• “Cautions are not required to be published on the national register”


See more ctrl+f and type publish


For that this site and NSW own version are possibly not widely known?

One could deduce the AMA or whoever sponsored that exception is protecting their membership not providing transparency to patients (customers).


A post was merged into an existing topic: Issues Accessing Health Care outside the big cities

Well, um,

Andrew Churchyard took his own life in 2016

so that’s lower risk for the ABC.

These stories are very rarely even-handed, always looking for the shock-horror angle, sensationalist, embellishment, conflation, … There are some things to argue against in that article but some things of course that are indefensible.

I would make the observation: Imagine that it’s you that has (allegedly) done the wrong thing. What would be your expectations around how a complaint is dealt with and whether the response is proportionate?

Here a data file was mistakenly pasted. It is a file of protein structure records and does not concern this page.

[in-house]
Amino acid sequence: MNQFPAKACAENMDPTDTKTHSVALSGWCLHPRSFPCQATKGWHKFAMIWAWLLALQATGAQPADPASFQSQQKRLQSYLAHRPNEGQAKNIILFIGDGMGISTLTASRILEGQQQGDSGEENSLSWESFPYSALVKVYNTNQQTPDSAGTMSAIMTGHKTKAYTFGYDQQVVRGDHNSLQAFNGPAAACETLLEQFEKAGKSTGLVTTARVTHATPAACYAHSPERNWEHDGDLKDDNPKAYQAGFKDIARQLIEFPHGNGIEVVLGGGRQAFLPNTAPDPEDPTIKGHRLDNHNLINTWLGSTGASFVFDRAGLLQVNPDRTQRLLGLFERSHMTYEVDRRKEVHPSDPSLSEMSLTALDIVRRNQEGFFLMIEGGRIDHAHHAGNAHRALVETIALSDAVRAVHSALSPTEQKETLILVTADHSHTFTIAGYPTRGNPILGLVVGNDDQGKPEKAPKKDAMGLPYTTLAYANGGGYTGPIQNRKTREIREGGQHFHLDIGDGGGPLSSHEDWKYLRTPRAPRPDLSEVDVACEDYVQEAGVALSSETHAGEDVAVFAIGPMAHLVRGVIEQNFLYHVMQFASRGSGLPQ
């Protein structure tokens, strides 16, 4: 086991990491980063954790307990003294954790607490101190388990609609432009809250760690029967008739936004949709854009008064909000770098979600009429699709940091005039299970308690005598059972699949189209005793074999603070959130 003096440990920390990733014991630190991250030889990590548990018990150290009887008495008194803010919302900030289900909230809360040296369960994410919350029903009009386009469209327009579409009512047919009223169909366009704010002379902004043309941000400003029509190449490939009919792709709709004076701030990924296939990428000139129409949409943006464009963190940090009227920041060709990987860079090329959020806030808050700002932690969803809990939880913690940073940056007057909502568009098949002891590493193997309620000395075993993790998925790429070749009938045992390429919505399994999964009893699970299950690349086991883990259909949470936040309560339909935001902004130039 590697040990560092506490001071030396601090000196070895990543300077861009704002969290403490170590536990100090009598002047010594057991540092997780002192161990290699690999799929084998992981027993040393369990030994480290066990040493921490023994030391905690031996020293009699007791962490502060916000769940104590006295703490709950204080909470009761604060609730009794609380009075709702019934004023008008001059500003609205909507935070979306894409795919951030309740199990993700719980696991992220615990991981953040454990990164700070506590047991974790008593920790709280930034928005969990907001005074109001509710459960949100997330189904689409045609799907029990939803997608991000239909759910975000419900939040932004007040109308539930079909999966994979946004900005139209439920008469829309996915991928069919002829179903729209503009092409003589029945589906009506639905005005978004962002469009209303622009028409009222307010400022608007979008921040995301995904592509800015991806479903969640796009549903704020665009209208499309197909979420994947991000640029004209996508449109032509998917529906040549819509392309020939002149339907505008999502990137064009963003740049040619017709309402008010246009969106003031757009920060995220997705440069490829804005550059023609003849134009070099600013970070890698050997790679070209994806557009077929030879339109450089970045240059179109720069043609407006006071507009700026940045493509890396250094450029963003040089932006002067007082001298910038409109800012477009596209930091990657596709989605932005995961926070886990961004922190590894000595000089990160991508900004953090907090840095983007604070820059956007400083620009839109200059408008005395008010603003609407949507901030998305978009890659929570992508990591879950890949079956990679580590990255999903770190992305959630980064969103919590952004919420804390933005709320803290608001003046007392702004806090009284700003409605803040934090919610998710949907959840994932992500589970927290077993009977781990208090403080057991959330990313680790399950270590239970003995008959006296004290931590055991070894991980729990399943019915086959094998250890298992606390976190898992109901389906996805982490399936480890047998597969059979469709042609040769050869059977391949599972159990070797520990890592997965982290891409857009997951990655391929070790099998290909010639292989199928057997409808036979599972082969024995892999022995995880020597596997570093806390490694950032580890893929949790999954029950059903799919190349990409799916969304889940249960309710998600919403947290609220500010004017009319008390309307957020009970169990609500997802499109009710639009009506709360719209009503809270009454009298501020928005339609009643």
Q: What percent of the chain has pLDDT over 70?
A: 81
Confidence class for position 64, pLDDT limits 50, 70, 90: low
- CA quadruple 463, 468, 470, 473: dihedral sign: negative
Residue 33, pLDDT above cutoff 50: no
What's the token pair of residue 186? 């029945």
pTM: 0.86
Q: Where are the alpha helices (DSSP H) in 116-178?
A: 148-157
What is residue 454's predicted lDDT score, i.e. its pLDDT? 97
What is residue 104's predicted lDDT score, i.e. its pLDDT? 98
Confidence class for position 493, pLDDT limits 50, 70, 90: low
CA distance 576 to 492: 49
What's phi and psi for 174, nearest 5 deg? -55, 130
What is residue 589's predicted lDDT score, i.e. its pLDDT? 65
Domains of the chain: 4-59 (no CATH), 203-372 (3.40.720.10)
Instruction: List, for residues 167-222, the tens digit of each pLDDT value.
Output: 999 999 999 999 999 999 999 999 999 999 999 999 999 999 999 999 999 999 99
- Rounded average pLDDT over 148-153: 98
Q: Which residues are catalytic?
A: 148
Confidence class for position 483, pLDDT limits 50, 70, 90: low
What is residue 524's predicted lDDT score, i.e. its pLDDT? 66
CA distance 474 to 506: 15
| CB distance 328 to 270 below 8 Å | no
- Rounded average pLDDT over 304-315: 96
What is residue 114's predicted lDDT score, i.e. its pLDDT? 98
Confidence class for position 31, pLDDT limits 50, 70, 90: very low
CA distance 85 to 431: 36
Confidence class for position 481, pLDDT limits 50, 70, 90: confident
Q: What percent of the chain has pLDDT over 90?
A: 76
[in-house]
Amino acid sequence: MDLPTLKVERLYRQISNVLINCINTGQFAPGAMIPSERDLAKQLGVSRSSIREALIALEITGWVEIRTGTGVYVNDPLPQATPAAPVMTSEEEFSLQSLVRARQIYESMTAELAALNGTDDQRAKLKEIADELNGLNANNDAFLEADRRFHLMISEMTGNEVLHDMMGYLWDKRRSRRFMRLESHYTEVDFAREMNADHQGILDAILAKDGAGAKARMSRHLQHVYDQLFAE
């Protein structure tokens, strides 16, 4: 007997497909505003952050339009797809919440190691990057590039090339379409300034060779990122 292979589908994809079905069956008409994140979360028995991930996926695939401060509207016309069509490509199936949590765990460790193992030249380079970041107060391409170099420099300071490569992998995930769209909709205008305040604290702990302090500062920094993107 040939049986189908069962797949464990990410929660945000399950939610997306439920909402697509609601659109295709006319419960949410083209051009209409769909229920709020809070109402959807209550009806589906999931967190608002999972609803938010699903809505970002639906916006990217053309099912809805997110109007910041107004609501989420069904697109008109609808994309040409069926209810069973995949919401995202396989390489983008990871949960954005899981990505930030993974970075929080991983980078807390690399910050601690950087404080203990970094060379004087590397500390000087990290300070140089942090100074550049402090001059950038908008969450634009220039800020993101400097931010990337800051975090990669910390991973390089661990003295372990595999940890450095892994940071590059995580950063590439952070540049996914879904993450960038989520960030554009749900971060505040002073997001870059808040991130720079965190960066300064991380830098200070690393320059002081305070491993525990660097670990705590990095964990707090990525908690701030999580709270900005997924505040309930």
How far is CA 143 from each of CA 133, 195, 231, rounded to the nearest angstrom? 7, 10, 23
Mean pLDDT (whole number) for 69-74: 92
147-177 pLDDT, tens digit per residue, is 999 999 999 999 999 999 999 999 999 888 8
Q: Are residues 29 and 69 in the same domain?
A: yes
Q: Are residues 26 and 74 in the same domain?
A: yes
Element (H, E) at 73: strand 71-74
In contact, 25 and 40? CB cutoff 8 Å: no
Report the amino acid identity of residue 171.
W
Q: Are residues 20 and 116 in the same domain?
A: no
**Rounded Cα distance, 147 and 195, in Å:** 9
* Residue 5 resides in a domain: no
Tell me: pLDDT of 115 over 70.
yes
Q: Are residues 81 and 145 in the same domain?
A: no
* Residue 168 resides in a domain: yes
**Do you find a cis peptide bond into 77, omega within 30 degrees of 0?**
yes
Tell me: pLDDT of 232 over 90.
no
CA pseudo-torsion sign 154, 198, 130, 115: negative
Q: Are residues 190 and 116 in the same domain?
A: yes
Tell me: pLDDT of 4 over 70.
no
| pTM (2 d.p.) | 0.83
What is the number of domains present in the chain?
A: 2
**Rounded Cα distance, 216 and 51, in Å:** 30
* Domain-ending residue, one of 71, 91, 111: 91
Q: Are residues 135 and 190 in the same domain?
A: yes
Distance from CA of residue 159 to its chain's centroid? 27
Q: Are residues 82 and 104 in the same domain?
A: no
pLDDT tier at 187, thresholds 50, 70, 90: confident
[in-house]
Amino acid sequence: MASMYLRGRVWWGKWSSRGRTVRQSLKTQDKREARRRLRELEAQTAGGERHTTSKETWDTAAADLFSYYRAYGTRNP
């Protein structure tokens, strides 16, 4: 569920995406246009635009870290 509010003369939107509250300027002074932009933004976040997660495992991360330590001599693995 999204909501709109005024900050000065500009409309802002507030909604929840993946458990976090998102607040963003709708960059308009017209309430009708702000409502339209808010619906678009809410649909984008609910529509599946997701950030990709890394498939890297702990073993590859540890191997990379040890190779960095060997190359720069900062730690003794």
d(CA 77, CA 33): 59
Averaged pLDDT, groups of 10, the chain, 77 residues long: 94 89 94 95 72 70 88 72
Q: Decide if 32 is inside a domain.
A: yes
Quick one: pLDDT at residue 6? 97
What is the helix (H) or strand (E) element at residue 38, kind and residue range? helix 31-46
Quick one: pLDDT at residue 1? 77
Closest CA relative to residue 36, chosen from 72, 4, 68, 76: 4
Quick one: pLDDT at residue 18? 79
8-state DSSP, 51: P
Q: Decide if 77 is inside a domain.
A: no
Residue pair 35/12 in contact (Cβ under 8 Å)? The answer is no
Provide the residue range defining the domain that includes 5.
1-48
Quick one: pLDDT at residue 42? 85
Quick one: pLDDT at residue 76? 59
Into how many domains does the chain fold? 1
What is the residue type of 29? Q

In that respect, I see nothing wrong with

More than 160 are still allowed to work today.

That’s proportionate response in operation. Would you think that a single speeding ticket should be enough to get you banned from driving for life? You can kill someone through dangerous driving and by default you won’t be disqualified for life (in NSW). (However there is no maximum disqualification period so it is open to the court to ban you for life, again, in NSW.)

In that respect I disagree with the opening proposition

You would expect that if a doctor, nurse or psychologist had been found to have […], they would no longer be allowed to practise.

No, I wouldn’t expect that! I would expect calm, impartial consideration of the facts and a proportionate response.

I think that, for balance, attention should be drawn to the following quote:

"Because we invest so much in training our doctors … if they can be rehabilitated and returned to safe practise, that’s usually seen as a good thing,” she says.